Wednesday, May 21, 2008


I just received this news from the U.S. Embassy in Běijīng:

We have proposed to the Ministry of Education your placement at the Peking University School of Government. I'll be contacting you with more information from the school that is of a time sensitive nature regarding the course titles they propose you teach! I know that this has happened all very quickly, and that we were talking with you about a couple options, but we have had to move ahead in the interest of time. However, Peking University is the "Harvard" of China…and I'm very hopeful that this placement will work out extremely well. Thank you!!

No, thank you! This is really the best news...the city we deep down hoped to be living in, plus a university that is at the top of the heap. Wow!


Tuesday, May 20, 2008

Dogs Eating Bones

Chew dogs, chew!


Monday, May 19, 2008

Research across Disciplines

I've lately had interdisciplinary research on my mind. You know, the kind of work that transcends the boundaries of traditions that normally stand on their own. One might, for example, view the issue of climate change from the perspective of an ecologist (what is happening to the habitats of polar bears). This problem could also be approached from a politics perspective (the designation of polar bears as endangered species).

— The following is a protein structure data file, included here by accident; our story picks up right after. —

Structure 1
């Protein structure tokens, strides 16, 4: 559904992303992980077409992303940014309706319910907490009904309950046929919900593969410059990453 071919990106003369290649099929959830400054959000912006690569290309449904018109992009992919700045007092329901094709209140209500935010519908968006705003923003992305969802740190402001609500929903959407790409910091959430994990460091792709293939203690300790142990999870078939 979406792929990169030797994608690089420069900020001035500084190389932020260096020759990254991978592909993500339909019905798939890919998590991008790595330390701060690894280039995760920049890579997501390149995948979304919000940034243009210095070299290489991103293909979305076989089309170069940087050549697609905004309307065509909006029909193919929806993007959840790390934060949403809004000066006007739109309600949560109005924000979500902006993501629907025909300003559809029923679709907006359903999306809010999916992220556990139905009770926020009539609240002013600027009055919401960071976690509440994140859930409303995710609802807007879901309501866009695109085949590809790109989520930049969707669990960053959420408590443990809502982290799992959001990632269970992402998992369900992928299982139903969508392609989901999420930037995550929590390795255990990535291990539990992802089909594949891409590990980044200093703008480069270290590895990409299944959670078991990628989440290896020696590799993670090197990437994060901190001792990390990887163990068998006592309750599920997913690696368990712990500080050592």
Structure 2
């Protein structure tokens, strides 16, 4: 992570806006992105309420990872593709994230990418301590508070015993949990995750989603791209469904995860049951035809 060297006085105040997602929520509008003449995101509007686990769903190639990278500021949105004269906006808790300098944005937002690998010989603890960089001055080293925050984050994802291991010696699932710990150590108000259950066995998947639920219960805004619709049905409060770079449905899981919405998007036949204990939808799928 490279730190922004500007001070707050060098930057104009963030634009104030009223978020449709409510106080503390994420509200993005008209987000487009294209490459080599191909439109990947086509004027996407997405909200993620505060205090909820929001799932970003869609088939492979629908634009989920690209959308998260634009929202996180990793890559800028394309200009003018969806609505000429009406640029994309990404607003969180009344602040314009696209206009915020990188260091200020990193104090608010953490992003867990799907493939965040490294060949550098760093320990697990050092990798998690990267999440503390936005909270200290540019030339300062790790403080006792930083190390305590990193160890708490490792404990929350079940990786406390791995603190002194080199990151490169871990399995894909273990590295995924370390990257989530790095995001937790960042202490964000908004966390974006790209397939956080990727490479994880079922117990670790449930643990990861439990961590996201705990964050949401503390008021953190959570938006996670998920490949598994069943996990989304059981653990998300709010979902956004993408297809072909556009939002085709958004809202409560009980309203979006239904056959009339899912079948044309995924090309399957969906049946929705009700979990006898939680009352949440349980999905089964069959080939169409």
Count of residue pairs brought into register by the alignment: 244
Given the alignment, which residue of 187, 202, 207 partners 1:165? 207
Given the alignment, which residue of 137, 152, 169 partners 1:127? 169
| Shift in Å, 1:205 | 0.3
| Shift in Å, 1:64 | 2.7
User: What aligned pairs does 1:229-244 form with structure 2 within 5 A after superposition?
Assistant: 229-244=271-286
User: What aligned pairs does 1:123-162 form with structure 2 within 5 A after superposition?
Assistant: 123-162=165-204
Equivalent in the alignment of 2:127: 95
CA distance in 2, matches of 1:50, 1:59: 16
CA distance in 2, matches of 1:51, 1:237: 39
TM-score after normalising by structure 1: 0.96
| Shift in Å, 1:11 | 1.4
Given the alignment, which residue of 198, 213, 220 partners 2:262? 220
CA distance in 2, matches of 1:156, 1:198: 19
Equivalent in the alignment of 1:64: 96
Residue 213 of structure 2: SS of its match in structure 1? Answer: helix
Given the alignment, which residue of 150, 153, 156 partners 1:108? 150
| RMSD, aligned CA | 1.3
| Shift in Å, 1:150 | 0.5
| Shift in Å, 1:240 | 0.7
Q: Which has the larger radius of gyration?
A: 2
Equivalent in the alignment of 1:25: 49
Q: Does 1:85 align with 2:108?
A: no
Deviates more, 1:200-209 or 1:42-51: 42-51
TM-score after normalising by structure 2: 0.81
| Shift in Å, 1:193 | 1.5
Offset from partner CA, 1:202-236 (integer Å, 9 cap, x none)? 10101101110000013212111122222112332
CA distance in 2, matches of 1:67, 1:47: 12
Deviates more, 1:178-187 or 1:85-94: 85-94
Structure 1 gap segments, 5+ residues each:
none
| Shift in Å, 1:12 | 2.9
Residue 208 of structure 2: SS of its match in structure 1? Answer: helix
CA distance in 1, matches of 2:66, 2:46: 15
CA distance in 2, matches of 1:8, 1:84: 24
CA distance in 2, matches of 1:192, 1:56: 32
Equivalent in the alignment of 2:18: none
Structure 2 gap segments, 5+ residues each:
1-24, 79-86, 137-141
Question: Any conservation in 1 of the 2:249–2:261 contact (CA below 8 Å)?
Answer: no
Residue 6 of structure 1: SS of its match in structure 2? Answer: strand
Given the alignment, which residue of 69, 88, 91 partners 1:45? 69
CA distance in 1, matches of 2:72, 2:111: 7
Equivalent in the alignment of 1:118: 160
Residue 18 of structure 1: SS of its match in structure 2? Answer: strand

The reason I've been thinking about bringing multiple disciplines together is that I've been told that Chinese universities are pretty bad when it comes breaking down traditional barriers. (Not that American universities are that great either, but we are apparently well ahead of China in this regard.) And this matters because much of the research I do spans the boundaries of neighboring fields like political science and public administration.

This really is the great unknown of the trip to China. I have no doubt that we, as a family, will have a fantastic experience living, working, and going to school in Chinese society. And I am sure that my classroom experiences will be very rewarding. But will I be able to cultivate ties that lead to ongoing collaborations with Chinese researchers in a number of different fields? I have set high aims for myself on this score, but I am well aware that I may end up falling flat on my face.

In the meantime, I recently published some thoughts on the value, and difficulty, of studying the United States bureaucracy from a multidisciplinary point of view. Specifically, I wrote a review of a recent book that seeks to do just that, Bureaucracy in a Democratic State: A Governance Perspective by Ken Meier and Larry O'Toole. This review appears in the April issue of the Journal of Public Administration Research and Theory. Essentially, the punch line is that we ought to "think like public administrationists and act like political scientists." If this kind of academic-speak appeals to you, then go check it out! For the rest of you...congratulations on your sound judgment!